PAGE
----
architecture

Sharples

 

Sharples, Alberta is named after John Sharples, a C.P.R. railway fireman who won the Distinguished Conduct Medal during the First World War. Even though Sharples has always been a small settlement, it handled an exceptional amount of grain. Being located in the picturesque Kneehill Creek valley, Sharples' elevators were vital to farms on the north side of the creek as crossings were few and far between. This P&H elevator was constructed in July of 1923 with a capacity of 28000 bushels. It still wears much of it's original tin siding. The elevator was abandoned in 1982 when the Alberta Wheat Pool elevator (built in 1927 by Alberta Pacific Grain Co.) that stood beside it was demolished. Two annexes were built in the early forties. The one on the west side is still standing and held 26000 bushels. The smaller annex on the east side held 14000 bushels and has disappeared from the scene.

Parrish and Heimbecker was established in 1909 by William Parrish and Norman G. Heimbecker and has grown to be one of the largest grain handling companies in Canada.

W. Mays Barn

 

This magnificent barn was built in 1925 by Walter Mays, a carpenter originally from England. It was home to a half dozen milk cows. The current owners still use the barn today, mostly for calving. Their parents acquired the property in 1948-49. A pair of great horned owls roost under the hay loft peak during the day. They have returned every year for the last five years, nesting in the nearby trees. The first thing that caught my eye were the ornate cupolas on the roof. Their purpose is to provide ventilation for the fodder stored in the hayloft, preventing it from molding or catching fire. Originally cupolas were made of wood but, by about 1910 most were manufactured from galvanized steel.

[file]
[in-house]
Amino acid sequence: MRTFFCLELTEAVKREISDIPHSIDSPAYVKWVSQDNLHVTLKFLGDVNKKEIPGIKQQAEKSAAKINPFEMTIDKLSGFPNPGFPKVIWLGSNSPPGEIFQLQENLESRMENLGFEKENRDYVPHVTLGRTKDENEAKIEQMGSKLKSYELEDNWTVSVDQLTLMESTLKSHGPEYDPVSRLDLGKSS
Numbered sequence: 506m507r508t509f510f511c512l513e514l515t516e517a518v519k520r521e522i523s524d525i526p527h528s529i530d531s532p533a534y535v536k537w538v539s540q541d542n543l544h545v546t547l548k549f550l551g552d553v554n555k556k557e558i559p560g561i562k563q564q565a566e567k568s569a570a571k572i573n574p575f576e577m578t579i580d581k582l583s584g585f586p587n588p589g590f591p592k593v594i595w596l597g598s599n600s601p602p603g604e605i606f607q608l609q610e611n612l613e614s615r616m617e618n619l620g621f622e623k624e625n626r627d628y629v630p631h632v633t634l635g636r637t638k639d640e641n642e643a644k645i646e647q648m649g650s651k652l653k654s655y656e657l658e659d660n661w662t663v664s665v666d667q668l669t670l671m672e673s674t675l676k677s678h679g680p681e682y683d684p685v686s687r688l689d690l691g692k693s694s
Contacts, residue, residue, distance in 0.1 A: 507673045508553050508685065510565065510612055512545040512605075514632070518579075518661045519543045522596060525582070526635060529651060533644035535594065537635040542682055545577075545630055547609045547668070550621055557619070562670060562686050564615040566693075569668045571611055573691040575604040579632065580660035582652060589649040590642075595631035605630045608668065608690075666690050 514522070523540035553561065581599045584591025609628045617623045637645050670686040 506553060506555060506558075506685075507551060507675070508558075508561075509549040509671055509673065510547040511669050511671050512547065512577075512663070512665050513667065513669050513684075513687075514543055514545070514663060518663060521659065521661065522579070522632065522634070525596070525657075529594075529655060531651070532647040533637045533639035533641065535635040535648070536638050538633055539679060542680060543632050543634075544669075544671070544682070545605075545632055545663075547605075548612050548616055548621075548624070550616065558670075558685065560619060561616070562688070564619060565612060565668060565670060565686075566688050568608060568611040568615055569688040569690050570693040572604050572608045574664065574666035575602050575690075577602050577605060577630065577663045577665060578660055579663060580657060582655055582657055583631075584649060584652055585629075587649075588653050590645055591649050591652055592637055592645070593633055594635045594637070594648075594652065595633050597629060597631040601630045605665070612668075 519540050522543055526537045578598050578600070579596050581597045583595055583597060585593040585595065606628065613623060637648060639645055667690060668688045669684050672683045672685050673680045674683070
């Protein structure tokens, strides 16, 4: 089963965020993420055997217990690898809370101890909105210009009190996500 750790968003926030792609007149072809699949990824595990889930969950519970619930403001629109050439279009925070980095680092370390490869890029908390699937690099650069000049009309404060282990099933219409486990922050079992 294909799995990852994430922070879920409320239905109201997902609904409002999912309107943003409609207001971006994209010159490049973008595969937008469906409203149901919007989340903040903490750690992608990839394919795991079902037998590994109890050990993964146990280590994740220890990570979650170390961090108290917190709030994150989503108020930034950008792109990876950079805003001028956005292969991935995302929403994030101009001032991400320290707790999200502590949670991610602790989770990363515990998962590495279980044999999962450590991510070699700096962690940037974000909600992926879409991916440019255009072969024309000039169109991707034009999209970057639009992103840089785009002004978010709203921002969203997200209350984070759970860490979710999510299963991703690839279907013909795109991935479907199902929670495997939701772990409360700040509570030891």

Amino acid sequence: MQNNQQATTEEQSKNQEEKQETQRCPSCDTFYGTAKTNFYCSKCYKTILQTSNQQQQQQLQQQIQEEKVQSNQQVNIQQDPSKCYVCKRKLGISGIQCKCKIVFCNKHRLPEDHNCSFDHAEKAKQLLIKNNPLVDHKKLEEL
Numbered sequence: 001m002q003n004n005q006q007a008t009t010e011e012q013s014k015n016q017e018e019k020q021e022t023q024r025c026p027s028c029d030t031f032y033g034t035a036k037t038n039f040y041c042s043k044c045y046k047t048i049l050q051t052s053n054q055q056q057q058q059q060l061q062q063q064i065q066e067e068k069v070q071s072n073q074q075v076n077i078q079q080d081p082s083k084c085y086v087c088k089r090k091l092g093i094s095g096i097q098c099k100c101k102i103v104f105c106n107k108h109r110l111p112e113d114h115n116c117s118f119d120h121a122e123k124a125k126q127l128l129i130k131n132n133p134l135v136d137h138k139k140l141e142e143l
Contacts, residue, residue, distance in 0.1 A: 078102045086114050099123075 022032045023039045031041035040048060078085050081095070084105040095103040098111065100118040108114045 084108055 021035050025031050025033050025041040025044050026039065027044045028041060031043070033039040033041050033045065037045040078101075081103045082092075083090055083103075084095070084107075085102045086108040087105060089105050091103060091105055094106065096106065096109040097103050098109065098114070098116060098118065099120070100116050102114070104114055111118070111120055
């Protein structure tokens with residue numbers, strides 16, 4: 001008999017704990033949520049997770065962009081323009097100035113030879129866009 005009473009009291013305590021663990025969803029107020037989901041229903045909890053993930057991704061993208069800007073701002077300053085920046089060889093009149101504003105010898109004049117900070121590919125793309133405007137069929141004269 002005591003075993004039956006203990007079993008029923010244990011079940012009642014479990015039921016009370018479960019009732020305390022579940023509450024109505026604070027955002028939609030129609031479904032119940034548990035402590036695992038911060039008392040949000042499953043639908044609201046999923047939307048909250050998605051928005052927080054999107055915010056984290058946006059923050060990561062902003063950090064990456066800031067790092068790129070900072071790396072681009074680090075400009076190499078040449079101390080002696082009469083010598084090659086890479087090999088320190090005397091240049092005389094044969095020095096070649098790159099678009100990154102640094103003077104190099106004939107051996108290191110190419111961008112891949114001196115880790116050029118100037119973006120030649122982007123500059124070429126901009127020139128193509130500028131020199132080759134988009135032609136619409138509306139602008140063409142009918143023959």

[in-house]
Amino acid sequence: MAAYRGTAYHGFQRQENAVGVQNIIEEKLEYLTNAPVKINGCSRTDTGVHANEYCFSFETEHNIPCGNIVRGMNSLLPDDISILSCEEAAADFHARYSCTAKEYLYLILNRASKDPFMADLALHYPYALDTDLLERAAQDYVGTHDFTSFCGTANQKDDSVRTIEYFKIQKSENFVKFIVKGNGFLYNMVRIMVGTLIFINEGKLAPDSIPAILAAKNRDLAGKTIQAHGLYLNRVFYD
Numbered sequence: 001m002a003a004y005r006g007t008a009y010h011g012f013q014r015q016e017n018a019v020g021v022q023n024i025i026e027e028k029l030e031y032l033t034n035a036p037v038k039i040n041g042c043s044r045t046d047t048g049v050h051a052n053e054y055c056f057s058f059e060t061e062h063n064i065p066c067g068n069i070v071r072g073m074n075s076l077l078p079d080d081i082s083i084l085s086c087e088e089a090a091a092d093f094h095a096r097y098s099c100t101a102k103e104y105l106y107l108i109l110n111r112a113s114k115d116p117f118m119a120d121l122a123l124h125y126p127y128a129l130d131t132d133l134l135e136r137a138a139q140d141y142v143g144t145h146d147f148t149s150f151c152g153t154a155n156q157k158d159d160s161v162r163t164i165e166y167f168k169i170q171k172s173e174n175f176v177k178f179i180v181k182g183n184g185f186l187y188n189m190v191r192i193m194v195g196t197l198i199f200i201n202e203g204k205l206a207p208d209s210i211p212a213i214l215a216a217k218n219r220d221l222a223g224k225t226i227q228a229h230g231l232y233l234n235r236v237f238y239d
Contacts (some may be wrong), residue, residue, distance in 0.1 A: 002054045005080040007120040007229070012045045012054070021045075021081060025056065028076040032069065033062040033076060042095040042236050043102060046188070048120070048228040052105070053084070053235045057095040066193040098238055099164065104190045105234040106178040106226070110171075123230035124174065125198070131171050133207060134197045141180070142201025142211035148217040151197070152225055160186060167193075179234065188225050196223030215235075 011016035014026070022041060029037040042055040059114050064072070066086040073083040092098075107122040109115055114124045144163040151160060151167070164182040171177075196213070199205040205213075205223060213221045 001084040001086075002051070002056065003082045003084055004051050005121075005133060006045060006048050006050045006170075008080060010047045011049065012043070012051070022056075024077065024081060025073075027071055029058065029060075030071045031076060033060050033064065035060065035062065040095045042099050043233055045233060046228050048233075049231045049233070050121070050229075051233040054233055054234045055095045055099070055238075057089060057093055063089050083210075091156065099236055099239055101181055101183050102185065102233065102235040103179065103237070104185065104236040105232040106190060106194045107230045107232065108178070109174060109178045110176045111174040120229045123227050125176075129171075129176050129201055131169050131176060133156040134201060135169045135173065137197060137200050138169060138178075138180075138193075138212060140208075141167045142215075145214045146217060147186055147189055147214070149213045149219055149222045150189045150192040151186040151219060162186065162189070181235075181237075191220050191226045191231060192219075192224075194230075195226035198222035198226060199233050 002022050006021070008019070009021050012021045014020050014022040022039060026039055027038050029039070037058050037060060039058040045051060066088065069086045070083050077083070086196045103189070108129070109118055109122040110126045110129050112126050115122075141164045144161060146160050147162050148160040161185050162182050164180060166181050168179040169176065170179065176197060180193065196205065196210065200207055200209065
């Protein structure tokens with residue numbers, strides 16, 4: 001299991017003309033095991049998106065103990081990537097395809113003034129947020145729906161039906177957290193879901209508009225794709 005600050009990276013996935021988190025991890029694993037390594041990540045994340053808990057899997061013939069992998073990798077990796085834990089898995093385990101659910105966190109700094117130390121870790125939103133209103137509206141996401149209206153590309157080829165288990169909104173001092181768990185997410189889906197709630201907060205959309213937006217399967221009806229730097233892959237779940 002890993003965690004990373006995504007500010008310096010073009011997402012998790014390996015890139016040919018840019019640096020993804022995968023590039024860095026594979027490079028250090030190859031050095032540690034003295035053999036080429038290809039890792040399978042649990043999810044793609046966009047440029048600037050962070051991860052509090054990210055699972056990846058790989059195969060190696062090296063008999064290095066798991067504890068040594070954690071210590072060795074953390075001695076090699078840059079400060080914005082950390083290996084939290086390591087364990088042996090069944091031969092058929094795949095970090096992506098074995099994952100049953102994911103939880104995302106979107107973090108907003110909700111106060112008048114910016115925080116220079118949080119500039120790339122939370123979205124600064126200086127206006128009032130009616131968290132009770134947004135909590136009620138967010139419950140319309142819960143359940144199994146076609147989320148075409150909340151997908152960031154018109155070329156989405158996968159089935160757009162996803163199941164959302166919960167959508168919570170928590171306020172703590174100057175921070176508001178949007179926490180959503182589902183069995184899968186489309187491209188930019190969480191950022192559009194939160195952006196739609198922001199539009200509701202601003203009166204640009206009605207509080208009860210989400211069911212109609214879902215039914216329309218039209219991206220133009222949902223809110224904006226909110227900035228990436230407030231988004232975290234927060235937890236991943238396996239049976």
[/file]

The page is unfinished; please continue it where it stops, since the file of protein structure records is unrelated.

The Stories Behind The Structures

 

For many years I have enjoyed photographing old homesteads and landscapes found on the Alberta prairie and surrounding area. During this time I have seen many structures fall to the ground, never to be seen again. I have decided to gather as much history as possible on these subjects and share them with you on this blog. These historic structures are disappearing from our landscape, I feel that photographing them is an important form of preservation, meant to honour the structure's existence as well as those that built and cared for it. Barry Broadfoot wrote a book titled 'Next Year Country : Voices Of Prairie People'. One sentence has really stuck with me over the years. He says that “Every old home place in the west today is a monument to their (the settlers') determination”. If it wasn't for our forefather's hard work and perseverance we wouldn't enjoy many of the comforts that we have today.

If you own or know of any historic structures that you would like to share please contact me so that we can arrange a photo shoot.    

david@stubblejumperphotography.com